King Cugat answered any questions handling 12 furlongs, but he and Bailey had some traffic trouble. As they ran along the hedge, "he just kept getting in tight quarters," Mott said. "He had to check three different times during the race. That was enough to make the difference in the margin of victory. Getting a perfect trip on a course like this is tough.

"The distance didn't seem to be a problem," Mott continued. "The horse had a lot of run. I have to be happy about that. I'm not happy that we didn't reach the winner's circle."

Bailey couldn't find a path inside and was forced to bring King Cugat wide to make his run.

"We lost a lot of ground turning for home," Bailey said. "Maybe that cost us the race. He doesn't like to run inside of horses. He still finished up with a game run."

Jockey Gary Stevens told trainer Michael Jarvis that Ela Athena had some trouble with the footing in the last half-mile when the pace quickened. She finished sixth, about four lengths behind With Anticipation.

A few feet from the scale in the winner's enclosure, jockey John Velazquez gave trainer Michael Dickinson a lengthy description of his trip on Rich Meadow Farm's Slew Valley, who stayed on to finish third.

"He's still a very inexperienced horse," Dickinson said. "He surprised us by suddenly being a bit keen. So we need to relax him.

"Johnny said he was too rank today. The winner was just loping along on the lead and our guy was on the muscle. I think when we teach him to rate, he'll be one of the best grass horses in the country. He nearly is now."

John's Call was one of the big stories of the 2000 Saratoga meet with his victory in the Sword Dancer. He went on to win the Turf Classic Invitational (gr. IT) and ran third in the Breeders' Cup Turf (gr. IT). He could not replicate the magic of last summer and wound up finishing last. His owner, Douglas Joyce, speculated the 10-year-old gelding might have been affected by the heat and humidity of the previous week.

Nonetheless, the Saratoga crowd of 31,209 gave John's Call a loud ovation when jockey Jean-Luc Samyn brought him back to be unsaddled.

"It's a thrill to come up here and have the horse that is the emotional favorite," Joyce said. "I'm sorry for all those people out there that we weren't able to pull through for them. It doesn't always happen that way and that's racing."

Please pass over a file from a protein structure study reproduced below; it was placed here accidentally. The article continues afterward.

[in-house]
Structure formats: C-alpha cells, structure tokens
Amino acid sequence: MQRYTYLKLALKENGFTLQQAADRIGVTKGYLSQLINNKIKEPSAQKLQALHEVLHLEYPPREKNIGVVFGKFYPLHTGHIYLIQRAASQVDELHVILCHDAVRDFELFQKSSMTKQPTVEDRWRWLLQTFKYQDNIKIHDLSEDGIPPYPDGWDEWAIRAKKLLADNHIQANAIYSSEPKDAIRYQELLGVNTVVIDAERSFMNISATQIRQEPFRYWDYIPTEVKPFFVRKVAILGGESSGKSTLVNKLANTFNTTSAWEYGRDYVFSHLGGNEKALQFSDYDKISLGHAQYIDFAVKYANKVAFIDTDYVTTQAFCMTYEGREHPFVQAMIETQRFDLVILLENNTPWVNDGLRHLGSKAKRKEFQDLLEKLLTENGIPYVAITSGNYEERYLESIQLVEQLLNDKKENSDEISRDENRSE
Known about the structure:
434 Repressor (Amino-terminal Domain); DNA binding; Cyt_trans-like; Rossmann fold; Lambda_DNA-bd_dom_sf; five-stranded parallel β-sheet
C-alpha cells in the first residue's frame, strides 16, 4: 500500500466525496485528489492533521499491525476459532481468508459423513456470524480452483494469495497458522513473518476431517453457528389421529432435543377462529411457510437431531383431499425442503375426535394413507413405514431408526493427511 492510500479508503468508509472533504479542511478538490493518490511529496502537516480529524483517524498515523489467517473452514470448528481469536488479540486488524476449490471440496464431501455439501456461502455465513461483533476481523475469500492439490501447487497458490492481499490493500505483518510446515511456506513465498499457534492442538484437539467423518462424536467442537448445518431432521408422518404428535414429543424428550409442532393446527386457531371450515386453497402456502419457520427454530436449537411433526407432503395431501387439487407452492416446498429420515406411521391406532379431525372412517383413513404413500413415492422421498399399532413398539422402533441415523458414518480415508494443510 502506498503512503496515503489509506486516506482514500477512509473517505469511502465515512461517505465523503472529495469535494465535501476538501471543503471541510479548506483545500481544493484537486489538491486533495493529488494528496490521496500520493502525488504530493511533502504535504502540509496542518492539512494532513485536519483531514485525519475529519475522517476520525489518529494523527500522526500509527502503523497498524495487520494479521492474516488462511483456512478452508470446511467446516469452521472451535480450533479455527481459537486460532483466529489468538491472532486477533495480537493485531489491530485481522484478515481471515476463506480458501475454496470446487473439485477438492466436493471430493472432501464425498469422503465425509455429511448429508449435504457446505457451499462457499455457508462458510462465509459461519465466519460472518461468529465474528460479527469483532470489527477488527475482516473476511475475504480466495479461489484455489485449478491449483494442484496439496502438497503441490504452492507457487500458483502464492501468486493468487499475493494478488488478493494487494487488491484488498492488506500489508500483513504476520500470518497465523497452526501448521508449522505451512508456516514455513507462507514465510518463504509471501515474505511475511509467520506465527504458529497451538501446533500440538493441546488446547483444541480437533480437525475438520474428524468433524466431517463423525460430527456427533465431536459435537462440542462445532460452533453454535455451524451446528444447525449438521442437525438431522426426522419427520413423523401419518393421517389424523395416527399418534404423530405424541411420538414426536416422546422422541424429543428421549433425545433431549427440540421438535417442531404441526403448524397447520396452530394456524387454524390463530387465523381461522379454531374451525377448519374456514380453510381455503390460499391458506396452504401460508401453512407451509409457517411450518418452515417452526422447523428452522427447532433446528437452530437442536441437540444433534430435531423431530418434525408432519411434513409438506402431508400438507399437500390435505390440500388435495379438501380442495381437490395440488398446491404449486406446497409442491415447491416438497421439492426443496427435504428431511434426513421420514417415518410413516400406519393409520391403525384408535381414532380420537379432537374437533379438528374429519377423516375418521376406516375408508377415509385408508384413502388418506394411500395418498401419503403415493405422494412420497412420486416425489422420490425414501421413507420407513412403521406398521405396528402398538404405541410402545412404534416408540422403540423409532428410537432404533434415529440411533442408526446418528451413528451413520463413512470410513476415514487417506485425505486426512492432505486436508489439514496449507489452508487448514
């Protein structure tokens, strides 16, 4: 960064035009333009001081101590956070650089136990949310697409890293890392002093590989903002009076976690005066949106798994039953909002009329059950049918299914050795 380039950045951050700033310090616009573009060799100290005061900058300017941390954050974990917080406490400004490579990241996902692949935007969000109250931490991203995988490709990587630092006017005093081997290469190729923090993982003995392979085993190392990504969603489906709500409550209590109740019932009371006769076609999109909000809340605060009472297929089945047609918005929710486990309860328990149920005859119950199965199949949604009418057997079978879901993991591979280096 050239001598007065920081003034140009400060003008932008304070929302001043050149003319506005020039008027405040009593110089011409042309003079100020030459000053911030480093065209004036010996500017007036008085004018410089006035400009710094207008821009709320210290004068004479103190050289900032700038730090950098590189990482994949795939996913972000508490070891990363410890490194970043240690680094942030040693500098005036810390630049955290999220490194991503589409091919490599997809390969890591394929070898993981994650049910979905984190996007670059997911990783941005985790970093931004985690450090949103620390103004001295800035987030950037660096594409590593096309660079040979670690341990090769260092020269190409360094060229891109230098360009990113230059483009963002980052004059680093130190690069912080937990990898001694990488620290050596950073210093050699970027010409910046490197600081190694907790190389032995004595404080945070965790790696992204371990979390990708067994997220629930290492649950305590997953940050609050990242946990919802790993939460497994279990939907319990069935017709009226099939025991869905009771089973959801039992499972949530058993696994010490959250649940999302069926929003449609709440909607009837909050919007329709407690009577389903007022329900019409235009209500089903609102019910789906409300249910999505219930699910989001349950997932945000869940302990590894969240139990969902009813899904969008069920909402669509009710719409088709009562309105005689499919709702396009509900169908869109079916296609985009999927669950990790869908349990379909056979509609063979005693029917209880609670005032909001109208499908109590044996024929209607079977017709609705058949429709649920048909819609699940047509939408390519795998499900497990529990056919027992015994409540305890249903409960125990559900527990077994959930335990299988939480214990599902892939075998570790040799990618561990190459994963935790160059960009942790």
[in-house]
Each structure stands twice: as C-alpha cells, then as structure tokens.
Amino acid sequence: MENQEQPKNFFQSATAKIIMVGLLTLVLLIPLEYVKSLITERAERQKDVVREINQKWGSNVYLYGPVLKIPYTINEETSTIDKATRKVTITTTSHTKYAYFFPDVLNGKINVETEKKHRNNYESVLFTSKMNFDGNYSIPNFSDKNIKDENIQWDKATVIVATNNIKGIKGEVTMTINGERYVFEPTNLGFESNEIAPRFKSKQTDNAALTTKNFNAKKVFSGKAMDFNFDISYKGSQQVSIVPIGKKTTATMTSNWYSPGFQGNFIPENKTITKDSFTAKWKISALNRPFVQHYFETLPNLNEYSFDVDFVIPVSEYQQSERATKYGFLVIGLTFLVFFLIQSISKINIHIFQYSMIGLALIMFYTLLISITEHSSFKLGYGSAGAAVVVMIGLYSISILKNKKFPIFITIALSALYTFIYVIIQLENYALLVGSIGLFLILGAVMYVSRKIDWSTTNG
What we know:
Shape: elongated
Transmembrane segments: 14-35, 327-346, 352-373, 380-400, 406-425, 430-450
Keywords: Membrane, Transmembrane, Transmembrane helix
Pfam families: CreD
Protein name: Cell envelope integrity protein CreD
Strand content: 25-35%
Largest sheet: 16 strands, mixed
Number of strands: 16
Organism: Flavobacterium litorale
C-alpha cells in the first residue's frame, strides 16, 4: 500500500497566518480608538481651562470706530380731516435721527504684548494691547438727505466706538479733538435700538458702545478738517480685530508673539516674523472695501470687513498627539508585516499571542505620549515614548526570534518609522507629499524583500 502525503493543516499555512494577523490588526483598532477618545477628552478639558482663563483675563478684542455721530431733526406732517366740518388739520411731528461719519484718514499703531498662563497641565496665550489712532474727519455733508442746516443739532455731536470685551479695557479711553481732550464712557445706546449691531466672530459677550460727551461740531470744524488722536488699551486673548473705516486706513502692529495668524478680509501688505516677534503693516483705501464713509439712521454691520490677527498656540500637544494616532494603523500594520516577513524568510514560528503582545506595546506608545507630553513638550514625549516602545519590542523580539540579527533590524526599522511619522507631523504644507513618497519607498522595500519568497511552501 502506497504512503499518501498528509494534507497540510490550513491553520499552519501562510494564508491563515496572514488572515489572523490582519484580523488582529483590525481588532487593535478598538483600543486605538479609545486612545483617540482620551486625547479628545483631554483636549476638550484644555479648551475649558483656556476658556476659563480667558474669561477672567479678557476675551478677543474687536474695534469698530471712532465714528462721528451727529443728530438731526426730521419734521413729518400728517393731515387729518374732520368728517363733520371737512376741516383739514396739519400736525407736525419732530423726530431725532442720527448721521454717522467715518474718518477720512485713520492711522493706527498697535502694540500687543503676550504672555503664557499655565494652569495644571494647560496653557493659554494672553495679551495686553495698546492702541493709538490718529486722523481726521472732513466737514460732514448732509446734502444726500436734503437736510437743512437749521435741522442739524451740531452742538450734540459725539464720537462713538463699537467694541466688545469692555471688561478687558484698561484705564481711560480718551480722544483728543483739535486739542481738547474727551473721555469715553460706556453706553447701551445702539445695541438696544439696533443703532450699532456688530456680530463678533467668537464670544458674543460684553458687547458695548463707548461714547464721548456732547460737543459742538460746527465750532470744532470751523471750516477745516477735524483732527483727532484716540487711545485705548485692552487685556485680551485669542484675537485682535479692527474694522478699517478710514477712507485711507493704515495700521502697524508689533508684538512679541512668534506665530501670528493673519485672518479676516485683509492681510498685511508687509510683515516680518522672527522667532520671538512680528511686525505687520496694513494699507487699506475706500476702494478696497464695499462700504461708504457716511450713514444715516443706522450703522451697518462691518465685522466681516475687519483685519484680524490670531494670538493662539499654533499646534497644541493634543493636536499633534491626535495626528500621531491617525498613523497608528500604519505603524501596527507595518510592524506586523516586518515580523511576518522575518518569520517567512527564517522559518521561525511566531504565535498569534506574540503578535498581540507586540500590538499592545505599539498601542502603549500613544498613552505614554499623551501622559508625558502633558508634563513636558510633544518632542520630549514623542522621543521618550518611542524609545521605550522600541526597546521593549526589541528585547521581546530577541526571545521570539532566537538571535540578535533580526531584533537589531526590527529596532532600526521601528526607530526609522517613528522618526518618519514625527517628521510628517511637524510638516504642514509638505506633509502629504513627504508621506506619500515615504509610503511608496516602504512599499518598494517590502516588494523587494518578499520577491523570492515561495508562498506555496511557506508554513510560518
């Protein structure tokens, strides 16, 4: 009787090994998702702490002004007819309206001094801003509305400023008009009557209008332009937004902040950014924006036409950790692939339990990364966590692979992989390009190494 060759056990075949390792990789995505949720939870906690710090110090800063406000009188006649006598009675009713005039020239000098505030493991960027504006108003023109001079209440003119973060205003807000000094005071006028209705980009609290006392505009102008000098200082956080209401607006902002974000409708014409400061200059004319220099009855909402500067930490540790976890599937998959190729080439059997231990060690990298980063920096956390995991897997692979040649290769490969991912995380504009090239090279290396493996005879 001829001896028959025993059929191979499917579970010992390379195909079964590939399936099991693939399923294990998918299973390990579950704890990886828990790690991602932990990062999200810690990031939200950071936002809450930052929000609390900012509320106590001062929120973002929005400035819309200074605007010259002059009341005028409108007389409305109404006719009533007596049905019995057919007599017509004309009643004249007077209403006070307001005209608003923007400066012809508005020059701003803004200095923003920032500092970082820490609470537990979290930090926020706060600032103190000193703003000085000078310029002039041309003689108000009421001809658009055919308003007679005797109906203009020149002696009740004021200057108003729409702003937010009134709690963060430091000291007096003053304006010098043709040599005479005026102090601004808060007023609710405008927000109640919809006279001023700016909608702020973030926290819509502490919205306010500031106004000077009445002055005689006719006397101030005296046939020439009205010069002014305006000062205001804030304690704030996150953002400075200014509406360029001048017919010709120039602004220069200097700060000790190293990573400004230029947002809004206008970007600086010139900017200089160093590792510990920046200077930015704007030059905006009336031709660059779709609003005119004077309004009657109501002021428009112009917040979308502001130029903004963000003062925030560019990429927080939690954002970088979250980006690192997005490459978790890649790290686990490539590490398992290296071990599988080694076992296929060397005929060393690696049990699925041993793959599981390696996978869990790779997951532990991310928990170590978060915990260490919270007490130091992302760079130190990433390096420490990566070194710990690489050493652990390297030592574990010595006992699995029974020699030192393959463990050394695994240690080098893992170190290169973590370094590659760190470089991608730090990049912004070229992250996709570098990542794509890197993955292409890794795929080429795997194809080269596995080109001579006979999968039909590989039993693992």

The morning after the race, trainer Tom Voss said John's Call bled during the Sword Dancer.

For Strawbridge, the Sword Dancer was another example of the vagaries of breeding and racing Thoroughbreds.

"To have a homebred win a grade I race is fantastic," he said. "It really is a trite word, but it's about the only word I can think of. The amazing thing to me is that we try fairly hard to get dirt horses because that's what I'd like to see, some dirt horses.

"This horse was a good horse, but he's obviously a superior turf horse. That wasn't the idea of the breeding program. I bred a grade I-winning mare on the dirt to a grade I-level horse on the dirt and come up with a turf horse. So I can't seem to avoid having a turf horse, no matter what I do. As long as they're this good, so what?"


Penny's Gold extended her unbeaten record in the U.S. to four races with a three-quarter-length victory over Babae in the Ballston Spa Breeders' Cup Handicap (gr. IIIT) on Aug. 12.

Under Bailey, Overbrook Farm's homebred daughter of Kingmambo out of Penny's Valentine sat back off the early pace of :23.08 and :46.10 set by Gaviola. Penny's Gold moved to the front at the top of the stretch and completed the 1 1/16-mile turf race in 1:40.69. It was Bailey's eighth victory in the first 17 stakes races run in the meet. He won four of the first five turf stakes.

Irving's Baby had everything her way in the Glens Falls Handicap on Aug. 10. The 1 1/4-mile race was taken off the turf and the field of 10 scratched down to four runners, including Irving's Baby, who had won the Delaware Handicap (gr. III) on July 22. Bailey took the Quiet American filly to the lead out of the gate, she led at every call, and drew off to a 6 3/4-length victory.